In December 1991, the central streets of Tbilisi boomed with artillery and gunfire in one of the most
destructive chapters of the Georgian Civil War. Thirty years later, dog walkers and delivery drivers pass the
same places where tanks once rumbled.
The Tbilisi war was a short, fiery conflict that began in the center of the Georgian capital on December 22,
1991. Fighting erupted when a collection of rebel groups banded together to overthrow Georgian President
Zviad Gamsakhurdia just months after he was voted into power.
Most of the conflict took place around
Georgia’s historic parliament building on Shota Rustaveli Avenue, where Gamsakhurdia spent much of the
conflict holed up in a bunker with his supporters.
Click or tap on the following historical images to reveal how the exact locations look in 2021.
A gunbattle between supporters of Georgian President Zviad Gamsakhurdia and opposition fighters on a road next
to the Tbilisi reservoir.
An opposition fighter is helped to safety on Shota Rustaveli Avenue after being wounded during a battle with
Rebel fighters shelter next to an armored vehicle scrawled with writing apparently aimed at winning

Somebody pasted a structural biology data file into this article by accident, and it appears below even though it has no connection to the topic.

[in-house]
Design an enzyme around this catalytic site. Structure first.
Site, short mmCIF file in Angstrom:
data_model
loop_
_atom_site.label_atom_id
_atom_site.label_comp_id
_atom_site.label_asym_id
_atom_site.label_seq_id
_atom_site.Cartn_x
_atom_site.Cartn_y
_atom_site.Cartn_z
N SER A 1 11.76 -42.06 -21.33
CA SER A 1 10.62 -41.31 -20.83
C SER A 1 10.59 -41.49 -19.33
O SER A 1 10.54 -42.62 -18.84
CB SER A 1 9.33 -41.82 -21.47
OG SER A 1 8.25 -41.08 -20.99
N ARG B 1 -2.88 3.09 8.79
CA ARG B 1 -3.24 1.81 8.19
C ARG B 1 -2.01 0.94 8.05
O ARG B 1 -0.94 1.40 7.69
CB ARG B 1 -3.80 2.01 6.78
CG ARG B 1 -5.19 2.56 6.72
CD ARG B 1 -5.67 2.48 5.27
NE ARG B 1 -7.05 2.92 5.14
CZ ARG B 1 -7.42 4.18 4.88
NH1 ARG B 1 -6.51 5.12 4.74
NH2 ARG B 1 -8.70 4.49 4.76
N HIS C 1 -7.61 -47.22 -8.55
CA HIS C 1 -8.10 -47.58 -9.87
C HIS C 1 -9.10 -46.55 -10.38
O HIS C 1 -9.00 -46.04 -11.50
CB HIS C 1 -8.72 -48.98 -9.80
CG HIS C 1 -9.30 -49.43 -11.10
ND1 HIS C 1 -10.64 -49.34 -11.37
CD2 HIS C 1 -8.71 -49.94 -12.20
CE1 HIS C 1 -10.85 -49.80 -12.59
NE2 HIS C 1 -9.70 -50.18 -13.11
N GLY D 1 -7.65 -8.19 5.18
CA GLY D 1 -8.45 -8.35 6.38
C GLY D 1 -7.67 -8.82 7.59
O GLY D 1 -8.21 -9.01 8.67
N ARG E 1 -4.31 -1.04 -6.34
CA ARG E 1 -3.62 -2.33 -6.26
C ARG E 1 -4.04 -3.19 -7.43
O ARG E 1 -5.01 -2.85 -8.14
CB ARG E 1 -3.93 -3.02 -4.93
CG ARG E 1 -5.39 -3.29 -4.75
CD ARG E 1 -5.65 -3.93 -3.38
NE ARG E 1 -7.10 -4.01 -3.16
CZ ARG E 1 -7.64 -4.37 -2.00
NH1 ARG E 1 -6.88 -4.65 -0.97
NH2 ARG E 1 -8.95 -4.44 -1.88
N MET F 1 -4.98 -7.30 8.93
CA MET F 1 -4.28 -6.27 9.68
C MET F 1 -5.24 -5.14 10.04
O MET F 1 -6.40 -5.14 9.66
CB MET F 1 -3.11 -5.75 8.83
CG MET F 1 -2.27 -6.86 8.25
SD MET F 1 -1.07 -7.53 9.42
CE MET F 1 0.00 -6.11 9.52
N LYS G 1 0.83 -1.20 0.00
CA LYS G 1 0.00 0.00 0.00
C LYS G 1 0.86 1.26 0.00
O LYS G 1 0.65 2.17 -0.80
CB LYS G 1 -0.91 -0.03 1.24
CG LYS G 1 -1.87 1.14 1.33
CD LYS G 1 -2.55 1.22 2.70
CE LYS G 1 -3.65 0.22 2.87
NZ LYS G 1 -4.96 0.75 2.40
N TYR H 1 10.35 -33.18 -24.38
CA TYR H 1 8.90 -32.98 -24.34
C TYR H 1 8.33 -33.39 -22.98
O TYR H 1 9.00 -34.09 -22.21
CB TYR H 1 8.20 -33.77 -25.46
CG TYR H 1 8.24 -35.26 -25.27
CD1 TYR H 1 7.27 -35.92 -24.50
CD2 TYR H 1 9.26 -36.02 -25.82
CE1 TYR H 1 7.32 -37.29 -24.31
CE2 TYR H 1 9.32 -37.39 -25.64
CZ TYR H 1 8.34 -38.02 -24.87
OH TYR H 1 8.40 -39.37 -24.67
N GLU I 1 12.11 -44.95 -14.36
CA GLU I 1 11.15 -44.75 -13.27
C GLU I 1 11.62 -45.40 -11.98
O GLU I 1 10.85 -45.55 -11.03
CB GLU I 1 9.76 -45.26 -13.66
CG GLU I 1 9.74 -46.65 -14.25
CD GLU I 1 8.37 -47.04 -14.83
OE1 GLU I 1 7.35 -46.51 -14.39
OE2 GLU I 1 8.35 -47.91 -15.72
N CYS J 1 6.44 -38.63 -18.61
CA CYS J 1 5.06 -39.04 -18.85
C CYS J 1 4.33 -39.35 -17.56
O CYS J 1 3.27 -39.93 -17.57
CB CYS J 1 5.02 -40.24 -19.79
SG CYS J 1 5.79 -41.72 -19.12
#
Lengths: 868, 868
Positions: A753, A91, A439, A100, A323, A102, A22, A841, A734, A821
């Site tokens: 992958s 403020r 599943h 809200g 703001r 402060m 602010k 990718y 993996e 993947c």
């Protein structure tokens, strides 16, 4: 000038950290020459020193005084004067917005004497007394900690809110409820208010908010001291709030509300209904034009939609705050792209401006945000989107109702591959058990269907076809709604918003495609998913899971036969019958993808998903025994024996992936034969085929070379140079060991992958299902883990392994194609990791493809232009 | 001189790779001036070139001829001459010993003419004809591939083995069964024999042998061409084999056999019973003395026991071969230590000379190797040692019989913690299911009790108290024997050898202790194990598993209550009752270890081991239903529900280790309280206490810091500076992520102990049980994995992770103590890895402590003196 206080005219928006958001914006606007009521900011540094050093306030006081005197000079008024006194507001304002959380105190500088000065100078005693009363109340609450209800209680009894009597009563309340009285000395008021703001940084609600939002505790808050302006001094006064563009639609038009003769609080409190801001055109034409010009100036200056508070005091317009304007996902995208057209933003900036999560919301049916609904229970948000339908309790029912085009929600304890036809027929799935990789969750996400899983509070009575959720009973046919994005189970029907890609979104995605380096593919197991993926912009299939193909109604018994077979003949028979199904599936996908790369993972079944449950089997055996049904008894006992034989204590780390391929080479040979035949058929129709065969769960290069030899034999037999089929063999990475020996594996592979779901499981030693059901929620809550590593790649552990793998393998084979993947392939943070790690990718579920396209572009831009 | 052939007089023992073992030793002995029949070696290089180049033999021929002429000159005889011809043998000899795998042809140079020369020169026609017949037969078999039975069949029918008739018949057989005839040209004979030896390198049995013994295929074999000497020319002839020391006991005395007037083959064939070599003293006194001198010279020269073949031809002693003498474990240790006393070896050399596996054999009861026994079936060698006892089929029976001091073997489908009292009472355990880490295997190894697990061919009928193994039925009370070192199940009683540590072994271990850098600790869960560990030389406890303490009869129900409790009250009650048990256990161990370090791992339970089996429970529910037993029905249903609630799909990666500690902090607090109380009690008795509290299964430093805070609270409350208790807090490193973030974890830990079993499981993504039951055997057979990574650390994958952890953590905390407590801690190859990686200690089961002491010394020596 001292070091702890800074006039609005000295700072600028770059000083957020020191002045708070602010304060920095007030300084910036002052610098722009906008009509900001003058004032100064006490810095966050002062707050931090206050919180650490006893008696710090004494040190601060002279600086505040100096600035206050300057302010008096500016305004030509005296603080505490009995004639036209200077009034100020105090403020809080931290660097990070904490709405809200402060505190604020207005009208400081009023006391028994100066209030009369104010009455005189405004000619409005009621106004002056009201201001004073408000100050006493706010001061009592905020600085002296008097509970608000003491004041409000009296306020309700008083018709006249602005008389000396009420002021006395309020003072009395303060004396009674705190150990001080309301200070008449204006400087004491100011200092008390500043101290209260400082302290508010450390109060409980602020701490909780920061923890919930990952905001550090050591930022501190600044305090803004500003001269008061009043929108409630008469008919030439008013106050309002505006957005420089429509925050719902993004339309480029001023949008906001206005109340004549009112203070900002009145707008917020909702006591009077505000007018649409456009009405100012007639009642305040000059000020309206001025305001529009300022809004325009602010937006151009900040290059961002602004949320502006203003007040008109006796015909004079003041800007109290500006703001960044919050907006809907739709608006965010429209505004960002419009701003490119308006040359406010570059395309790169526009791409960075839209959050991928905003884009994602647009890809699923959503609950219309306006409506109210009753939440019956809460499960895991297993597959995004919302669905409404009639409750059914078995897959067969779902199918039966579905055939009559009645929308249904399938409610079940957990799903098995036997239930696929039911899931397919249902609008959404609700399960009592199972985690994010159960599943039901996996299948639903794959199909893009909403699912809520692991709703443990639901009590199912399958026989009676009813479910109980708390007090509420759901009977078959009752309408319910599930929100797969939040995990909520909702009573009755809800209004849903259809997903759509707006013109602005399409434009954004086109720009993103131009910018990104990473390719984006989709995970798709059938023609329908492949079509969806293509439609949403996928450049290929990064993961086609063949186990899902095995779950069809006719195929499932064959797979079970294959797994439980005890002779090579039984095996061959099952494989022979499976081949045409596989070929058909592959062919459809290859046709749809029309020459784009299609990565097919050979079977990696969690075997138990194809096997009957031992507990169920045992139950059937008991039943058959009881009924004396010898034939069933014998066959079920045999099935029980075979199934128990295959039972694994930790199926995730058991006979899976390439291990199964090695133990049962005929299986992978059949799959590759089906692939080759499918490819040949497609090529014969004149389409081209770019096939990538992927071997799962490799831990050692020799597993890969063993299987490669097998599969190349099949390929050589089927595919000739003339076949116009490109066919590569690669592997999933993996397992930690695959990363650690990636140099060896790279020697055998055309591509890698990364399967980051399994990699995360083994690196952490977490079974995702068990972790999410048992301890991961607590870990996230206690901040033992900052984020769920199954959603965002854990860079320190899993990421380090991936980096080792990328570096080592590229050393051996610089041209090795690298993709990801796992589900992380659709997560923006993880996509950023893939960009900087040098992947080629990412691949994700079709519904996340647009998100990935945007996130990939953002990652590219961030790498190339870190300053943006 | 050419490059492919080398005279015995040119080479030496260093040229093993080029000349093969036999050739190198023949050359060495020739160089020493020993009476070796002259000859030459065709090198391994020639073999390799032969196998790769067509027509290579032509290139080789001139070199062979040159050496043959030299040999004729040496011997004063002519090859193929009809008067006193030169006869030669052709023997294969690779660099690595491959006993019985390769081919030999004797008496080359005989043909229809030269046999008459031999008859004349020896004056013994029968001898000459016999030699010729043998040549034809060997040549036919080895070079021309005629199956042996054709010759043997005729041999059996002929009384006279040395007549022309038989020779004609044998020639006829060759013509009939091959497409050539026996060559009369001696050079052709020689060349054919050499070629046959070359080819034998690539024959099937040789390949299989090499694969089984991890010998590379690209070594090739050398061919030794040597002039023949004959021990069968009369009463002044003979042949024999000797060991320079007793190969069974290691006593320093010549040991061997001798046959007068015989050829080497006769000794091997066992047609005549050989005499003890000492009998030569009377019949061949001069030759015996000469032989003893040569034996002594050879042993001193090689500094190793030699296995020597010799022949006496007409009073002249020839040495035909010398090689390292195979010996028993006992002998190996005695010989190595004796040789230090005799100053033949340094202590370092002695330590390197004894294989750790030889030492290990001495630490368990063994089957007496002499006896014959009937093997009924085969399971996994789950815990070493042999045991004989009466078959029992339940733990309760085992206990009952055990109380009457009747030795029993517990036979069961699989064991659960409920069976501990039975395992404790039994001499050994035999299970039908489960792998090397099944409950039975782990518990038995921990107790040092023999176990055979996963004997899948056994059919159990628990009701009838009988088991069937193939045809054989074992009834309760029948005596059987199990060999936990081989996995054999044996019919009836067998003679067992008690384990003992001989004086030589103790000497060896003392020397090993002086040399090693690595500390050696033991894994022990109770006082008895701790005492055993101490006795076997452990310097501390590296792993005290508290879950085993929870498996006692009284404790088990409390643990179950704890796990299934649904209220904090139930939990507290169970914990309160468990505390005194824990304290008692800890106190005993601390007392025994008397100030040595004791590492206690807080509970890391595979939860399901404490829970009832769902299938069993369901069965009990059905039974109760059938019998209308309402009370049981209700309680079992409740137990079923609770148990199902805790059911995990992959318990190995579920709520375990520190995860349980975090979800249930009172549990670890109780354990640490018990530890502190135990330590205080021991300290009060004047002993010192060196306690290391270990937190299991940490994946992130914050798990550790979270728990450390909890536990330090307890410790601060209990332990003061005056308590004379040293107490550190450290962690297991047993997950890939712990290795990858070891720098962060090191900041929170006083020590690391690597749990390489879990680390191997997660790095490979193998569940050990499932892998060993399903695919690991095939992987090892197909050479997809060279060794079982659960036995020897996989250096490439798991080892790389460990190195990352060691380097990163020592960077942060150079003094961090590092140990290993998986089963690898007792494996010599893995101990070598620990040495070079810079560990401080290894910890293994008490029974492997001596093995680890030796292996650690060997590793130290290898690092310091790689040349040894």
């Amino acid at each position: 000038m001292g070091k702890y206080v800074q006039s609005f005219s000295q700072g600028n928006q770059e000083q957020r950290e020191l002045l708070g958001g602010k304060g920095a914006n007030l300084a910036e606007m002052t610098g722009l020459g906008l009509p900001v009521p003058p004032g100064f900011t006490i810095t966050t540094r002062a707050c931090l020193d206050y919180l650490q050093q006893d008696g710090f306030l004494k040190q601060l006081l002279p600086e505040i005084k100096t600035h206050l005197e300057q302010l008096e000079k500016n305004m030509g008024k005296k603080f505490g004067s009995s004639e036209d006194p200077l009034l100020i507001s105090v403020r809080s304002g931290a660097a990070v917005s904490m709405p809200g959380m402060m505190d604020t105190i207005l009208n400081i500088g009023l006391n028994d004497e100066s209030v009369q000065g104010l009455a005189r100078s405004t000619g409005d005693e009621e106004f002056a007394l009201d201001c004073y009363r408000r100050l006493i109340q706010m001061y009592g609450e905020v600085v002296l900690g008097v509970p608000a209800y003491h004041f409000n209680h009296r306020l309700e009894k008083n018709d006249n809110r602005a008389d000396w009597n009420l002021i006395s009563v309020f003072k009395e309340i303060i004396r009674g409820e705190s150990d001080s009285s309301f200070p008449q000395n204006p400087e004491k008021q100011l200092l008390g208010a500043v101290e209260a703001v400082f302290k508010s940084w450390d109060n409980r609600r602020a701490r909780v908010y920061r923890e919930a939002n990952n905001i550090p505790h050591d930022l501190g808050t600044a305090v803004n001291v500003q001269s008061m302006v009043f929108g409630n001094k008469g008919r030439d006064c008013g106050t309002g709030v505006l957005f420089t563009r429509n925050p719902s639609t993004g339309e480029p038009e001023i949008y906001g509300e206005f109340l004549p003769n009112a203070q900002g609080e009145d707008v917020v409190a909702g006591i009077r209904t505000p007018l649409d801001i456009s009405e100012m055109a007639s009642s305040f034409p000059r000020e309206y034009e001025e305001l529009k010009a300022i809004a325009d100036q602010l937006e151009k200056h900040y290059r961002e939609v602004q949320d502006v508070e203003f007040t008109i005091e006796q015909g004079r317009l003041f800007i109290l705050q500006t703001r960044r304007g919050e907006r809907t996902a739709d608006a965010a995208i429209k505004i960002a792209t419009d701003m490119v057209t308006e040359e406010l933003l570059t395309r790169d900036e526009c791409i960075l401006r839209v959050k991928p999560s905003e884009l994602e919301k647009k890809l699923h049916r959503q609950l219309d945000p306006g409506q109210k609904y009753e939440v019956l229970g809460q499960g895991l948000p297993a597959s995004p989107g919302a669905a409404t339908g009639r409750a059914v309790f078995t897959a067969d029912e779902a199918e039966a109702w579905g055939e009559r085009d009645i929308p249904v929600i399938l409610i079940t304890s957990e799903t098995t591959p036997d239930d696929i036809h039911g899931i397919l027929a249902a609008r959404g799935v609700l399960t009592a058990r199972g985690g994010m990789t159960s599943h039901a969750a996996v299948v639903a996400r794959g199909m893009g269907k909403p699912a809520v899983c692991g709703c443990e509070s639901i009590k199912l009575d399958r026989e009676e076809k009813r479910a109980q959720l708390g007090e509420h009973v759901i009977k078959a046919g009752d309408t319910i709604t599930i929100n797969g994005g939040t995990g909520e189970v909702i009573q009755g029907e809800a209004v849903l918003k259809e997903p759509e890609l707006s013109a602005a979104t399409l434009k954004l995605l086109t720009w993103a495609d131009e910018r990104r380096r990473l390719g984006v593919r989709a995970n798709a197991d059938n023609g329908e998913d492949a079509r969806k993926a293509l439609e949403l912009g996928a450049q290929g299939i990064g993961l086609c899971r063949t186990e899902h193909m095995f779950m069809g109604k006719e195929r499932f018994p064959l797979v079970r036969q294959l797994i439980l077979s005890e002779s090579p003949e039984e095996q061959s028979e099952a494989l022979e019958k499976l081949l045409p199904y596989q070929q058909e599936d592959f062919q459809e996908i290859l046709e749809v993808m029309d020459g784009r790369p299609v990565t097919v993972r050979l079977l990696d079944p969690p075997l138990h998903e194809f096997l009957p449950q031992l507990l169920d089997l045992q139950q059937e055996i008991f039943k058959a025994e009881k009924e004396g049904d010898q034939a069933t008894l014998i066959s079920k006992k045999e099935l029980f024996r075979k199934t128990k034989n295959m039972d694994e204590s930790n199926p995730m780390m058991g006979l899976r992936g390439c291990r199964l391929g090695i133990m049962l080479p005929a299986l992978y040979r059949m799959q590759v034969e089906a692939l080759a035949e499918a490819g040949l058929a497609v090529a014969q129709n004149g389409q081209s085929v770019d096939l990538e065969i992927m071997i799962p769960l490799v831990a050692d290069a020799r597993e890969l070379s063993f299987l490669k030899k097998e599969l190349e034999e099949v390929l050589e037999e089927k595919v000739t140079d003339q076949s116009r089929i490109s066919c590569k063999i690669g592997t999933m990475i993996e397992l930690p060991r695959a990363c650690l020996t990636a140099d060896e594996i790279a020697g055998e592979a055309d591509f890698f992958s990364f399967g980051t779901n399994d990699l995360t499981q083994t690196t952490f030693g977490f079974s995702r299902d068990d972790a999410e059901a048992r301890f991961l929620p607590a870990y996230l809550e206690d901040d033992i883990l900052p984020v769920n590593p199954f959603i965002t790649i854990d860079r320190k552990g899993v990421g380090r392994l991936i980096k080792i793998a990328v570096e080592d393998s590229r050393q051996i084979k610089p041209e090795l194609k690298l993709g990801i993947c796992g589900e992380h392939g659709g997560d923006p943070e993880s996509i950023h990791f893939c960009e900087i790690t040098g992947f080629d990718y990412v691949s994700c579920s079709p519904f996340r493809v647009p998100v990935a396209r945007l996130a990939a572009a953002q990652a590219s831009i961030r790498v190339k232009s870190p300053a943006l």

international sympathy for their cause.
Pro-government fighters man a roadblock on a street behind Georgia’s parliament building in the center of
An opposition militiaman loads a mortar angled toward the parliament building. The Hotel Tbilisi -- the headquarters
of the anti-government forces -- burns in the background.
A tank revs its engine before rumbling toward the parliament.
An opposition gunman fires from a doorway of the largely ruined Hotel Tbilisi.
Unidentified fighters run for cover during fighting on Shota Rustaveli Avenue.
Elderly Georgian women look on with horror as they watch fighting around the Hotel Tbilisi.
Unidentified fighters at the shrapnel-scarred entrance to Tbilisi’s National Gallery.
An opposition fighter prepares to fire a howitzer straight down Shota Rustaveli Avenue toward the parliament.
Opposition fighters storming the parliament on January 6, 1992. The historic building was heavily damaged by
shelling and mortar fire during the conflict.
Locals survey the damage after Gamsakhurdia managed to flee Tbilisi.
After escaping through rebel lines in early 1992, deposed President Gamsakhurdia eventually found asylum in
Chechnya -- then a breakaway region of Russia. Gamsakhurdia died in western Georgia in 1993 in circumstances
that remain unclear.
The Tbilisi war resulted in the death of more than 100 people and destroyed scores of historic
buildings in downtown Tbilisi, many of which were never rebuilt.
Historical photos by Getty Images, AFP, TASS, and epa